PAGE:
Bowhunting in the Wintertime

Posted on May 25, 2011

By Joe Belldeer hunting

At this time of year many bowhunters feel gloomy, knowing nearly a year must lapse before deer season starts up again. But for me, things are just getting started.

Each January usually finds me bowhunting javelina and deer in my home state of Arizona. The desert is cool and colorful, and there’s an abundance of game to see as animals are much more active now compared to during the hotness of summer.

I highly recommend pursuing javelina if you’re looking for more casual, relaxing experience. Deer, on the other hand, require a bit more time and tenacity on a hunter’s part.

Pursue what best fits you and your vacation plans. Either way, you’re bound to have a blast and you’ll certainly enjoy the warmer, sunnier days this region has to offer compared to winter weather in most other parts of the country. It’s really all just a few hours’ flight and a rental car away. Bring some basic camping gear and set up anywhere you like–there are countless miles of public land available to hunt.

Beyond that, it’s a matter of hunting the right way. Yes, game does abound here, but with so much “big country” to cover, animals can easily slip under your radar. You must hunt right to prevent getting skunked.

Below I’ve listed some pointers that I think will come in handy for a successful trip.

Locate Your Hunting Area: To start, go to the state’s game department website for areas to hunt, then call game biologists, archery shops, and taxidermists in the area to narrow down hotspots. The narrower your focus, the more time you can spend actually hunting and not driving bumpy, washboard roads. This will keep your motivation and excitement for the hunt alive. Be sure to buy basic road and topo maps of the area too.

Glass Long: To locate animals, spend as much time as possible behind binoculars. With optics, quality is more important than power in order to prevent eye strain. I recommend mid-grade $250 glass or better, preferably something in the 8- to 10–42 range. If you really want to get serious, rent or borrow a set of 15-power binoculars along with a quality tripod that provides rock-solid function. I use Swarovski 15–56 binoculars mounted to an Outdoorsmans Tripod.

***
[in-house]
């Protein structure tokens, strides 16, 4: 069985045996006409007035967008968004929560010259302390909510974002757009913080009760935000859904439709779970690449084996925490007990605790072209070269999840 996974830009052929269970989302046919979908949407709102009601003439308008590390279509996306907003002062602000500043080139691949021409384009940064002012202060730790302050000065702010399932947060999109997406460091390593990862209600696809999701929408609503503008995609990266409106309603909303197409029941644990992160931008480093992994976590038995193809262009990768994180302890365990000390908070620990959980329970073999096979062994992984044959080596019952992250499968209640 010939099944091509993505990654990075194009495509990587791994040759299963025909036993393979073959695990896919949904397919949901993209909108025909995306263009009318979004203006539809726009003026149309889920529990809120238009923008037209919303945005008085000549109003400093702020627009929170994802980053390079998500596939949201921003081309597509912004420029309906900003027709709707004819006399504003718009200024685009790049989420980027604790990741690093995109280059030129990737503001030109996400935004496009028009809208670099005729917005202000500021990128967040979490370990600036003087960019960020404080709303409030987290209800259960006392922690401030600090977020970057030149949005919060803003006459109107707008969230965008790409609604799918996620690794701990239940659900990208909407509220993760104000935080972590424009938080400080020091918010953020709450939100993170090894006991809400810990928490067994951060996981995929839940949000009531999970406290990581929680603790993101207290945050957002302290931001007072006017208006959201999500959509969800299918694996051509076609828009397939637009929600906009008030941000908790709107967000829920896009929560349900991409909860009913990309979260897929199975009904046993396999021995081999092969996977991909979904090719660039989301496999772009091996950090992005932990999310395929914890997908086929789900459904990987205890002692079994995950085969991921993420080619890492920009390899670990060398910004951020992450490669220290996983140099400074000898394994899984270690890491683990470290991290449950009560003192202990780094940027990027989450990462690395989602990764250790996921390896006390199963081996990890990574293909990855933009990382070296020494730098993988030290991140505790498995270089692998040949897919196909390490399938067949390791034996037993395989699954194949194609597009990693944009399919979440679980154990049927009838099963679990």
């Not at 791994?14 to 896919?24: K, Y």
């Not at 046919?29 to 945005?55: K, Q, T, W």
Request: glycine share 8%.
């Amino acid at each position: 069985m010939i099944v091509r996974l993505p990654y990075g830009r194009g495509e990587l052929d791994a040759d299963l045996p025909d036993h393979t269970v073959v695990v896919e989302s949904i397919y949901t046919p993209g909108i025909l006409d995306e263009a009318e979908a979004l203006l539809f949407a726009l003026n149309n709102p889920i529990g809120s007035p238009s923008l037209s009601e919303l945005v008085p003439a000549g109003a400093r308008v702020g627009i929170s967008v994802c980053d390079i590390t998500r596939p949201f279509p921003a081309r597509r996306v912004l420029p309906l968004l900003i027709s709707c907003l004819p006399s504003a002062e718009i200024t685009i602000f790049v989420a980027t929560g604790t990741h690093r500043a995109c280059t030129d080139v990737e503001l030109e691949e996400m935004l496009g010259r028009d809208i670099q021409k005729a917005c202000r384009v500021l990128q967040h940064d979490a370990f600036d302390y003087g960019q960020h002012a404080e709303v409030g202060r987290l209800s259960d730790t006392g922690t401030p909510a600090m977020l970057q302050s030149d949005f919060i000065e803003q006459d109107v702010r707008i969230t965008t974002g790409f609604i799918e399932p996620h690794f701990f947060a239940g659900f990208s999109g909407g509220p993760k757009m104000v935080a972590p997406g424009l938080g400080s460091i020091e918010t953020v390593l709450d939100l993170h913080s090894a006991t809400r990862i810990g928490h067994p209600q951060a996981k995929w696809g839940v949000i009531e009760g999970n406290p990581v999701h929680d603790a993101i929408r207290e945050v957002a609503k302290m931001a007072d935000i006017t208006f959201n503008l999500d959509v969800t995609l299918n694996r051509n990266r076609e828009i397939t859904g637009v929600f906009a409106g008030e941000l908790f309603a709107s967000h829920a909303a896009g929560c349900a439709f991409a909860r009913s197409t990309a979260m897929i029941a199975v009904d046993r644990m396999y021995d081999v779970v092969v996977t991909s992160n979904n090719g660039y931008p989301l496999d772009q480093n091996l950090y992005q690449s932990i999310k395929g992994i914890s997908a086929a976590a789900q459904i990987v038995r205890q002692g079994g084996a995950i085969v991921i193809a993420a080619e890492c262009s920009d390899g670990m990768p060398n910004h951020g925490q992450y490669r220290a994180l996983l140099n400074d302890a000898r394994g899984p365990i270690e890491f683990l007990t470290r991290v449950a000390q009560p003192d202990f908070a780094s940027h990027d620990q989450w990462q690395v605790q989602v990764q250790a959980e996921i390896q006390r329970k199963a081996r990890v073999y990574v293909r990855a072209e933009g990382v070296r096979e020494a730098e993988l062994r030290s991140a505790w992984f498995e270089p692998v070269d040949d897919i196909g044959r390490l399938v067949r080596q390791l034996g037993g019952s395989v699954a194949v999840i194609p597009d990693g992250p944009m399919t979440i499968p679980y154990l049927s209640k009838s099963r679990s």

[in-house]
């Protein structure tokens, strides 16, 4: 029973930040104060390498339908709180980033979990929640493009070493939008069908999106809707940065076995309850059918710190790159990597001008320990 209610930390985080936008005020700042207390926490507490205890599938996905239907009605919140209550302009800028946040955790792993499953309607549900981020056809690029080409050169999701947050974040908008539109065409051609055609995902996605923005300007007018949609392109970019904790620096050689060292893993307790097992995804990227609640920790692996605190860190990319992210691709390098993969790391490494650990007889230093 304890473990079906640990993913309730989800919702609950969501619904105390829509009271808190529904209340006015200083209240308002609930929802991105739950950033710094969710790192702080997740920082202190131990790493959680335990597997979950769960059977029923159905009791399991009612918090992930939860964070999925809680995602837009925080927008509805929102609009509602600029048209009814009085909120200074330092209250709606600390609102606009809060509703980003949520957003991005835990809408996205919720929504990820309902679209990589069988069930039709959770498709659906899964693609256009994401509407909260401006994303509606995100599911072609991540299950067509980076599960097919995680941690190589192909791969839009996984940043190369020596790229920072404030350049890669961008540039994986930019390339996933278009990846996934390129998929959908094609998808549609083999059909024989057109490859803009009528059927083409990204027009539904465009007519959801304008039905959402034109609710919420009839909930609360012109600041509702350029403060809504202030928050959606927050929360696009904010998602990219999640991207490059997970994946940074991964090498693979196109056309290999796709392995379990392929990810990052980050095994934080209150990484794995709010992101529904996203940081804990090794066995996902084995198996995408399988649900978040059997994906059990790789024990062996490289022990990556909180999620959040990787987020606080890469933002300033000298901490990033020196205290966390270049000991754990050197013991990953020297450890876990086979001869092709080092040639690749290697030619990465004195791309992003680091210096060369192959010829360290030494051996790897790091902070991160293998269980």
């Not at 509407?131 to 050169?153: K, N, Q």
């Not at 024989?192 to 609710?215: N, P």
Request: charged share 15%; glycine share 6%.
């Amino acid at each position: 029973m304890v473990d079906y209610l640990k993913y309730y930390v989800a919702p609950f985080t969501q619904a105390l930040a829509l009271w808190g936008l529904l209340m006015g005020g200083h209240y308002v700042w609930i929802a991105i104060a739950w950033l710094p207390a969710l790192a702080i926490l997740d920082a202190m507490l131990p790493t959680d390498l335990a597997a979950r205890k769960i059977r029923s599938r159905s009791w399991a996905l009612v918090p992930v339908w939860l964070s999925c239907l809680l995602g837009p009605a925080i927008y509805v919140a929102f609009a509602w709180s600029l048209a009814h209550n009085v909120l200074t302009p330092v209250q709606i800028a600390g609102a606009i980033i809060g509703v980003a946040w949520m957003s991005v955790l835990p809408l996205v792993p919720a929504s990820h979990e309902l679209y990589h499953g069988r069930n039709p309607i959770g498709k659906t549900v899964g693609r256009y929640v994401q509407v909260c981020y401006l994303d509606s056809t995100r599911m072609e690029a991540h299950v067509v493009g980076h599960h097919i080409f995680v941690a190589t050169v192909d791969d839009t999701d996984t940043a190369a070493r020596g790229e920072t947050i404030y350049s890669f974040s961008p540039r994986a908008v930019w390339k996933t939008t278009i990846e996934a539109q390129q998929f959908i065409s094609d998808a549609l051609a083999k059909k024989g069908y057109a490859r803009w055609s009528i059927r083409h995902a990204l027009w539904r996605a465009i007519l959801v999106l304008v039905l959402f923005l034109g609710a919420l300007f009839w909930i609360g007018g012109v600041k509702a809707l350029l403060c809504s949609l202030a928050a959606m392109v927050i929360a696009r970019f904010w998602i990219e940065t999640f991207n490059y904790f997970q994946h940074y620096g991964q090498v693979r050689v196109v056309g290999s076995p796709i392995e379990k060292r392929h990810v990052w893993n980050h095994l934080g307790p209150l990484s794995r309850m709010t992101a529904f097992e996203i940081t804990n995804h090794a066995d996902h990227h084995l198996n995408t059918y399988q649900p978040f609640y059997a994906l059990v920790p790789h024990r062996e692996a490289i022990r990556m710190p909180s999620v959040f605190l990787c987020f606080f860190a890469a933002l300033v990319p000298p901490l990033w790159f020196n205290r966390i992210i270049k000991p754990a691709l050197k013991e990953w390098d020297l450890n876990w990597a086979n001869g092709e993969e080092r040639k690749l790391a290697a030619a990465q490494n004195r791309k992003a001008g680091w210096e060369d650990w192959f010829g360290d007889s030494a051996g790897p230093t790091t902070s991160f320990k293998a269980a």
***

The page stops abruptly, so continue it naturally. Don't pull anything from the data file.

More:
The key behind effective glassing is to be on a prominent lookout at first light, with lots of warm layers on to keep you comfortable (temps go from chilly to warm quickly). Bibs are good to have. Pack a compact chair or gardener’s pad to sit on as well, as sharp rocks, stickers and cactus are literally everywhere.

Hunting Tips: Javelina don’t like severely cold weather, so you’ll often see them sunning themselves on hillsides early in the day. However, when it’s warm or windy, or hunting pressure, “pigs” often retreat to flatter, brushier areas, not far from washes and river bottoms. Be ready to change with conditions, knowing you may have to walk and still-hunt these areas to get a shot.

In flat open country, try glassing from the top of the vehicle.

Fresh sign is important, but it must be super fresh, otherwise animals have likely vacated the area already. Hunting “ghosts” wastes a lot of precious time. Stick to glassing if you can.

Always have a rabbit-in-distress call handy. In brushy areas too thick to hunt, use it to coax javelina out in the open. It also works wonders when they spook–it usually lures them back into bow range.

Animals spotted near dusk offer little time for a stalk. This means you must get aggressive, or wait for the next day. Play it smart: Don’t spook today what you can stalk tomorrow.

Bring Lightweight Boots: Heavy boots are a mistake. Instead, use mid-weight or hiker-style boots that are about 7-inches high. This will give you more power for climbing hills and greater stealth during a stalk. Insist on good ankle support, however, as terrain can be pretty rugged and side-hilling is common.

Also, fleece booties that go over your boots help hush your steps when closing in on game. Forget about stalking in bare socks–too many stickers and cactus. Thick-soled moccasins do work pretty well, however.

Sharpen Your Shooting: Shots on javelina are usually close–20 yards or less. Having patience and waiting for a closer, better shot to materialize are key. However, sometimes a 30- or 40-yard shot may be all you get, especially on that last day. So, it’s a good idea to increase your effective range and to insist on a well-tuned, well-sighted-in bow that drives tacks, despite minor flaws in shooting form. Javelina have small kill zones. Deer, on the other hand, require much longer-than-normal shooting across the board, so be prepared for 45-plus-yard shots.

Bring Knee Gear: If you want to sneak up on desert mulies or Coues deer, be ready to crawl. This means your knees will get worked over, unless you wear kneepads. I like the ones from Trophy Line (www.trophylineusa.com) called Knee Savers.

Have a 4-Wheel Drive: If you’re flying to the region by commercial jet, be sure to rent a 4WD-equipped SUV, and get the insurance. There’s lots of rugged backcountry here, and the roads can be tough. You’ll need the added ground clearance and traction offered by a four-by.

Desert hunting has filled my off season with lots of great bowhunting action and fun. I urge you to give it a try and see what you’ve been missing.

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